Silence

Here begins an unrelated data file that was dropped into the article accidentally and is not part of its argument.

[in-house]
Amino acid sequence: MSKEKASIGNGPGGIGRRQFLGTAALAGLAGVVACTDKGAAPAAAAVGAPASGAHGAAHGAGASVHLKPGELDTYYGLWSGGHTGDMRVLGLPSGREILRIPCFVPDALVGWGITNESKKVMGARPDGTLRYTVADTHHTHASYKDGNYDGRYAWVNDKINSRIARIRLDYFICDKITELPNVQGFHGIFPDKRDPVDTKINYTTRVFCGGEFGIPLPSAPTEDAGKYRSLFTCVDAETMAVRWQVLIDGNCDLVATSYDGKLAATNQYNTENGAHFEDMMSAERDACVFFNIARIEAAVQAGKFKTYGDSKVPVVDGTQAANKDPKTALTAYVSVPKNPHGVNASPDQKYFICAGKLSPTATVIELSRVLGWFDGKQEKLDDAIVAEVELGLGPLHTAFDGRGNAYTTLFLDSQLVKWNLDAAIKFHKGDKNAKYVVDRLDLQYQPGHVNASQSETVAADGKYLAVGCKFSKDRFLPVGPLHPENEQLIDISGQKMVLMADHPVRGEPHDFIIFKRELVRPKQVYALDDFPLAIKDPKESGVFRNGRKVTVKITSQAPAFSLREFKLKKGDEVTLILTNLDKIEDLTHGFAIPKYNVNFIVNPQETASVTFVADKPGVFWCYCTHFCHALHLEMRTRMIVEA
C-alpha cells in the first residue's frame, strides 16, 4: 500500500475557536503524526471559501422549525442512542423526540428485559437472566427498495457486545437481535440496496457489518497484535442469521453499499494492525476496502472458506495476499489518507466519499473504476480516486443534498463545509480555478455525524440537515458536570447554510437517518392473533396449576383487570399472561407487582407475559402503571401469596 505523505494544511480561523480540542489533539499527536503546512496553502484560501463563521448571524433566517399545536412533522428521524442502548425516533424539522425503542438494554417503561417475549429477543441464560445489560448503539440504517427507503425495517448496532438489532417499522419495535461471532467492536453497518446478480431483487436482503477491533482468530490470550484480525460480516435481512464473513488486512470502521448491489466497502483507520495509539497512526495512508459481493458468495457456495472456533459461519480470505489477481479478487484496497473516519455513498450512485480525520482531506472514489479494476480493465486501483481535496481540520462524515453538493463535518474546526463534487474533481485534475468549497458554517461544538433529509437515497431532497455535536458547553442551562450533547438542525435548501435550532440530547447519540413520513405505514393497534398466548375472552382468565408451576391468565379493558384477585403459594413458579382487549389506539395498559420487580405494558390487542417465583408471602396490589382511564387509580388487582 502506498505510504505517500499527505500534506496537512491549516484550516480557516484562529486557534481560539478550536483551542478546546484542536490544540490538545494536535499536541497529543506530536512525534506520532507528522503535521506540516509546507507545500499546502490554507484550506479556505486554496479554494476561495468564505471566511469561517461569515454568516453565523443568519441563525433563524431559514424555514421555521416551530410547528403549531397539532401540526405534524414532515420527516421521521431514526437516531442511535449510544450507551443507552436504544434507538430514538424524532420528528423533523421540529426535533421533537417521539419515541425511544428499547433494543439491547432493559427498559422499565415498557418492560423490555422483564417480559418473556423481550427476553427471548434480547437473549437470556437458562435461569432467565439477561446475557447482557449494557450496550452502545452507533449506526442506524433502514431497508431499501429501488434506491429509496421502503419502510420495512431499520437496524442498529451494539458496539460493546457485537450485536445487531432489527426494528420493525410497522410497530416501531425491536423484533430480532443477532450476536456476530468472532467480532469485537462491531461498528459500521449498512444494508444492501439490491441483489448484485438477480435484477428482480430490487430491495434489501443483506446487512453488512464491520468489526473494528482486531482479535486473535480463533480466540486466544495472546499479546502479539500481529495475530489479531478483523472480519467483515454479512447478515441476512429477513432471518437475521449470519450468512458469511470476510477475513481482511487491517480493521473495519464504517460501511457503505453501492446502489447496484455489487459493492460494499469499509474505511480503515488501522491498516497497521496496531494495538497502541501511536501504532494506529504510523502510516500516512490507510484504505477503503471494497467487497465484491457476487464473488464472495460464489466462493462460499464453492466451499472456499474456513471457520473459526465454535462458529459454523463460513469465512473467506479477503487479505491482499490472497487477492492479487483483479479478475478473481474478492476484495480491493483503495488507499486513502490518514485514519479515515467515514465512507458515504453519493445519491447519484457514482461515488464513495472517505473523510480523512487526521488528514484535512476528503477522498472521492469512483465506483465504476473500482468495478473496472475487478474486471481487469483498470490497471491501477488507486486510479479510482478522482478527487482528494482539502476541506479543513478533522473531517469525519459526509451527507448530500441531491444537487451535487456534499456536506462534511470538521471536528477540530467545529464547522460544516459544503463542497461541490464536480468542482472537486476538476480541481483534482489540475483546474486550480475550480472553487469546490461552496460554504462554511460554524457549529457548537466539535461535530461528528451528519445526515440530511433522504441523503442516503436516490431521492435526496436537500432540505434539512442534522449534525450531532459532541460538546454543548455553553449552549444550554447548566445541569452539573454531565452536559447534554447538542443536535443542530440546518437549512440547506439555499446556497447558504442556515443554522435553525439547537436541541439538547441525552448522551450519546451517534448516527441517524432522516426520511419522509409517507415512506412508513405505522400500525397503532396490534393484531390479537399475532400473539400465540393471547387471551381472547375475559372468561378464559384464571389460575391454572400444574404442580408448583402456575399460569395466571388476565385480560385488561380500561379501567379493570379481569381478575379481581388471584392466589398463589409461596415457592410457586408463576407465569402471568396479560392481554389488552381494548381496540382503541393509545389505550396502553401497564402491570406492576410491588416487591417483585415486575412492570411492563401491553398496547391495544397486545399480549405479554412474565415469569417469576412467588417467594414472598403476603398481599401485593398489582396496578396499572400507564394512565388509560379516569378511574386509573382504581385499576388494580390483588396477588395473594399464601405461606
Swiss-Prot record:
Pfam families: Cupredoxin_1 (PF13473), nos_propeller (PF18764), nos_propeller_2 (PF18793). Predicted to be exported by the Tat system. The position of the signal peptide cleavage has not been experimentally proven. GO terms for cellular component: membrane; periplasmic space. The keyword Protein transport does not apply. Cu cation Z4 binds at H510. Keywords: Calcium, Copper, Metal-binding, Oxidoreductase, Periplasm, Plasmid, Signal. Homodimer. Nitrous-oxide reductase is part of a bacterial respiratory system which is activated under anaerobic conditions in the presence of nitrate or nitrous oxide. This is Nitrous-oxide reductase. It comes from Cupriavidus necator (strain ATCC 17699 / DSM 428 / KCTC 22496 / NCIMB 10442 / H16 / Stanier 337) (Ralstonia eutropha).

I got a phone call from my parents, and I told them how cold the mornings were.  I went out to Trader Joe’s.  I listened to Tom Hanks on Wait, Wait, Don’t Tell Me before I took the bus out to the Grand Lake Theatre.  I went there to see “Silence” because it was a Martin Scorsese film.  I wasn’t there to see it because Andrew Garfield and Adam Driver were in it.  Their character names were Rodrigues and Garupe, respectively.  They were in 17th century Japan to find Ferreira, who was Liam Neeson, and to spread the word of Christianity.  This movie made me think about “The Last Temptation of Christ” and “The Mission.”  I tried to imagine what it would have been like if Scorsese had made it years ago with Robert De Niro and Harvey Keitel.  The title actually felt like it was from Ingmar Bergman, and a shot of Garfield and Driver relaxing in the sun made me think of Bergman.  I was rooting against the Christians as I watched this story.  I don’t know why the Japanese should accept these wacky European concepts at all.  If I was told I could save lives by stepping on a picture of Jesus Christ, I would do it without hesitation.  In fact, I would sit on the picture and fart on it if that was what I was told to do.  I couldn’t see why Scorsese would want to cast Garfield for this movie.  I found him unimpressive in the Amazing Spider-Man movies.  Adam Driver lost a lot of weight for this movie, and I can’t say that I liked him in the Star Wars movie.  I thought the English language was a problem for the Asian actors, and it because a distraction on the screen.  I thought the Inquisitor was reminiscent of Keye Luke.  The audience was patient with the movie, although I felt that some of them got restless, and they felt like laughing at some scenes.  Adam Driver had a terrible last scene.  I read that Fellini’s “La Strada” was an influence on the script.  This movie felt like it went on for too long.  I find it hard to believe that anyone could think that this is Scorsese’s best film of all time.  The filming was in Taiwan.  I could see why they didn’t do the filming in Japan, because the cost of doing the filming there would have been astronomical.  Daniel Day-Lewis was originally going to play the Neeson role, but this film took a long time to get off the ground.  I couldn’t imagine that it had much appeal for people on this holiday weekend with football games on the tube.  This isn’t going to me the most popular Scorsese film.  It was tiring to watch, and I was eager to get home after spending nearly three hours in the theatre.  I headed home to watch the end of the Packers-Cowboys game.  Aaron Rodgers did throw an impressive last pass in that game.  The kicker must have been cool under pressure to make two good kicks at the end.  I listened to the Robert Hilburn Rock ‘n’ Roll Times radio program on KCSN.  He played some songs by Leonard Cohen, including “Hey, That’s No Way to Say Goodbye.”  I watched the Columbo episode on Me TV.  It was “Sex and the Married Detective,” and the guest star was Lindsay Crouse.  Afterwards, there was Kolchak: The Night Stalker, which I thought was an unusual television show.  Some of the people who died on January 17 include Rutherford B. Hayes (1893), T.H. White (1964), Billy Stewart (1970), Betty Smith (1972), Richard Crenna (2003), Art Buchwald (2007), Bobby Fischer (2008), Erich Segal (2010), and Don Kirshner (2011).  Today is a birthday for Michelle Obama (53), Steve Harvey (60), James Earl Jones (86), and Betty White (95).

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